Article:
Just after noon Wednesday, I got a text from my friend Ali (Amjad Abdulla), coach of the RISSE soccer team and a good friend. It was an SOS.
"Hey Jon, they are doing a small tournament at Afrim's Sports (near Albany) for Thanksgiving, it will be a great experience for the kids because they haven't played a game in a while and it cost $285 for the team to play. Do you think there is anyway you can help us with that…and I'm so sorry, I know we been asking for a lot, but you are our guy, we have no other choice…"
I am always in awe of Ali's dedication to his kids, to the soccer team, almost all refugees. How could anyone decline a message like that?
He never stops thinking of these kids, he drives them around seven days a week, watches over them, teaches them how to behave. And they behave beautifully, they are great people.
Ali is a godsend to them. He tells the boys he loves America, and this time is a temporary time, and they will see the true heart and soul of America again.
He is like a father to many, there are a lot of single parent families in the group. When I got his message, I was heading over to the Mansion to teach my poetry class.
I called Ali back. We had to do some brainstorming. No bank would be open in the morning, we had to figure it out right away. I asked him when he needed the money, and he said today, the deadline for registering is the morning, when the tournament starts. And they only took cash.
"How am I supposed to get this money to you, Ali?," I asked. He had no idea. His bank has no branch near me. We went back and forth and I proposed meeting him halfway between Albany and my town, Cambridge.
It was about a half-hour ride for each of us. It was a rainy and gloomy day, but Ali always has a smile on his face. It is always good to see him.
I love the big heart of this man (thanks to the restaurant owner in Albany who recognized him from the blog and refused to take his money for dinner.) It is a gift to be able to help.
After his call, I left the workshop early and drove to Schaghticoke and I was only there for five minutes before the familiar white van cruised into the parking lot. We hugged and I gave Ali the check. I made him pose in front of the diesel gas pump at Stewart's, I liked the price screen in the background.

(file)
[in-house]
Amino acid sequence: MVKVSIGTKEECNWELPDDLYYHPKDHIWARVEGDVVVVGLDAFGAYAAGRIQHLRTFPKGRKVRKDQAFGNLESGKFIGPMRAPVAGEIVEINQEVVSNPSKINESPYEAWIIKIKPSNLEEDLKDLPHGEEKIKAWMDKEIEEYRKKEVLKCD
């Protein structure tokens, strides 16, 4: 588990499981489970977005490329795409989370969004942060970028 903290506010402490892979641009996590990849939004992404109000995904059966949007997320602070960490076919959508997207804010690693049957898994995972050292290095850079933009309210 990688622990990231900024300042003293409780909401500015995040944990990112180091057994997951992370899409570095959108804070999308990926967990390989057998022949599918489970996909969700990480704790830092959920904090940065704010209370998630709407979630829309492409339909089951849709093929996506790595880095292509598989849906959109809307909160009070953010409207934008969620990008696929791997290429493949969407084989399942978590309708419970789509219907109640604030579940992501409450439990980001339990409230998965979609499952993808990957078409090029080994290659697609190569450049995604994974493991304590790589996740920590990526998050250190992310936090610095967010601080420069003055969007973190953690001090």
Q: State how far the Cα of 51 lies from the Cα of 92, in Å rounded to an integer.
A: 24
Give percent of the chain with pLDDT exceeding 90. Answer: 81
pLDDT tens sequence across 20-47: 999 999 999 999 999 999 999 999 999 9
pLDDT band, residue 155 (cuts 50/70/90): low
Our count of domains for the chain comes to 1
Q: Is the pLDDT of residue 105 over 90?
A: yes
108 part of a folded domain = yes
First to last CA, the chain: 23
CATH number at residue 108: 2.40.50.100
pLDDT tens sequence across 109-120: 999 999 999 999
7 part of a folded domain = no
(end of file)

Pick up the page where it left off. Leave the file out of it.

Ali is my brother and I am proud to be his emergency go-to guy for the soccer team, that is a promotion. After all, they chose to name themselves the "Bedlam Farm Warriors," over my objection.
I understand the importance of this tournament. It's getting cold and Ali is looking to rent some space in an indoor soccer arena for the winter, like the wealthy suburban teams do, he is checking out the cost. This will enable the team to practice all winter and stay off the streets, and keep their very close community together. It will also keep them in shape when the Spring games begin.
I plan to try to help him. I feel this is an important message about the real America, the one I love. These young people are no threat to us, they belong here and have suffered enough in their lives.
I wish I was rich, I'd send them all to Disney World.) I did have the $285, thanks to the Army of Good.
Ali told me his mother is coming from Egypt for a visit in a few weeks and the first thing she wants to see in America is Bedlam Farm. She is quite welcome here. Ali is my brother from a different mother, as my pal Ed Gulley likes to say.
When I first put his photo up on the blog, Ali sent his mother a link and she panicked, calling him up and asking if he needed a lawyer, she couldn't imagine why his photo would be on the Internet from America, and she didn't think the possibilities were good.
She's gotten used to it, and she wants to cook for me and Maria at Ali's house when she comes. That would be delightful.
Again, thanks for your support. You made this possible. If you wish to help these children and support my Children's Refugee Fund, you can send a check to Jon Katz, Post Office Box 205, Cambridge, N.Y., 12816 or via Paypal, [email protected] Small donations are very welcome. Please mark payments "for refugees."